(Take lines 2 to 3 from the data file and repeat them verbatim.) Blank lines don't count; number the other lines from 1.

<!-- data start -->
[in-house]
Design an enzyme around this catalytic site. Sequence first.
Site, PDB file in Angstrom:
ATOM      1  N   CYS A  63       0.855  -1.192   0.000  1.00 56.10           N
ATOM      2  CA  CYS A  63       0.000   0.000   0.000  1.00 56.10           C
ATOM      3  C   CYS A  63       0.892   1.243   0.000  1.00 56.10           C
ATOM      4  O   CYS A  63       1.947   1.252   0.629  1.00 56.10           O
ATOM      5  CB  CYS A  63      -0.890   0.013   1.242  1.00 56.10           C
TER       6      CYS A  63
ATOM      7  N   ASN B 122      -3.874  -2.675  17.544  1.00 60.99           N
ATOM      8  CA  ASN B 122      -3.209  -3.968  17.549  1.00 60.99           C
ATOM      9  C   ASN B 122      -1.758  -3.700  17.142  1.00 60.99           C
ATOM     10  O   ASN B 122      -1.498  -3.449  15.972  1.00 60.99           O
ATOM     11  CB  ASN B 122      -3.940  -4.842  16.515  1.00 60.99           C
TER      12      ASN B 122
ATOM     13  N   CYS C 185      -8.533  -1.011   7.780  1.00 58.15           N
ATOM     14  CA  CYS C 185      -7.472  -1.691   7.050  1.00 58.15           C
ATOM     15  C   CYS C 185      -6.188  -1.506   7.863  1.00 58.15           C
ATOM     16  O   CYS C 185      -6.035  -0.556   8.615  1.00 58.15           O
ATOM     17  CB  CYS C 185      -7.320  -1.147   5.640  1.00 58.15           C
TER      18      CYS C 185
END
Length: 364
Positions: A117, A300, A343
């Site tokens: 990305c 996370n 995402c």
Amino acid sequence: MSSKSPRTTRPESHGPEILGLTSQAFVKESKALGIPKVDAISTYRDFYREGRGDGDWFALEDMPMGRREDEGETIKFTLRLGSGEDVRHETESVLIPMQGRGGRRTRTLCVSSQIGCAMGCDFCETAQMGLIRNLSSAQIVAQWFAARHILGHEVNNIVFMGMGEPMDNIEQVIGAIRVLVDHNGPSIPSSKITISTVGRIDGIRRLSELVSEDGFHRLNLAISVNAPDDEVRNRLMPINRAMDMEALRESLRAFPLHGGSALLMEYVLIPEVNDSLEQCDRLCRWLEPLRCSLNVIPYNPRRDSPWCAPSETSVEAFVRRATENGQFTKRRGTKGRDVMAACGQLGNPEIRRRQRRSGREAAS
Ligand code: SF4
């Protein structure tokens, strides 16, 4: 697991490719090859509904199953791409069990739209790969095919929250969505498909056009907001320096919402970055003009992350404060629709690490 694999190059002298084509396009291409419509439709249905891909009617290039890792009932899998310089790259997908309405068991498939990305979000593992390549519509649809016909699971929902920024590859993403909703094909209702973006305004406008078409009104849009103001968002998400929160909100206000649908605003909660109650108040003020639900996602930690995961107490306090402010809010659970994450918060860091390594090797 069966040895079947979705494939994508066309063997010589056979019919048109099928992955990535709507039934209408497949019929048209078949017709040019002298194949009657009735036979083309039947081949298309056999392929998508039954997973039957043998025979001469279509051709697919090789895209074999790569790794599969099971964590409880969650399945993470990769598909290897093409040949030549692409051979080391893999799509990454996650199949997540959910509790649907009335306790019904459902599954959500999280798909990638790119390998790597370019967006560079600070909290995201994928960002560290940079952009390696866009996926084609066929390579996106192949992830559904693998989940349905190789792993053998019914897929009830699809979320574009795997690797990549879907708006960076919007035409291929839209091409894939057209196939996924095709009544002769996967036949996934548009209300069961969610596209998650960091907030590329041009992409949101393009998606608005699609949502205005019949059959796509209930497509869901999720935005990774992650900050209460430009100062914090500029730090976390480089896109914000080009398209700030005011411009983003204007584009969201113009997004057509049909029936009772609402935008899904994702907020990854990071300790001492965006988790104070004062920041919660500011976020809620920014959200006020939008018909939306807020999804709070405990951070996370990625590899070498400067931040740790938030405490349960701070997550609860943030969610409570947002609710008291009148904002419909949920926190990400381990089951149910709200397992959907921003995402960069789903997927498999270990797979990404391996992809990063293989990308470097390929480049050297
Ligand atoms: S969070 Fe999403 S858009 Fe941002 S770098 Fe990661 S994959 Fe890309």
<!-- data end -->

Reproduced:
Design an enzyme around this catalytic site. Sequence first.
Site, PDB file in Angstrom: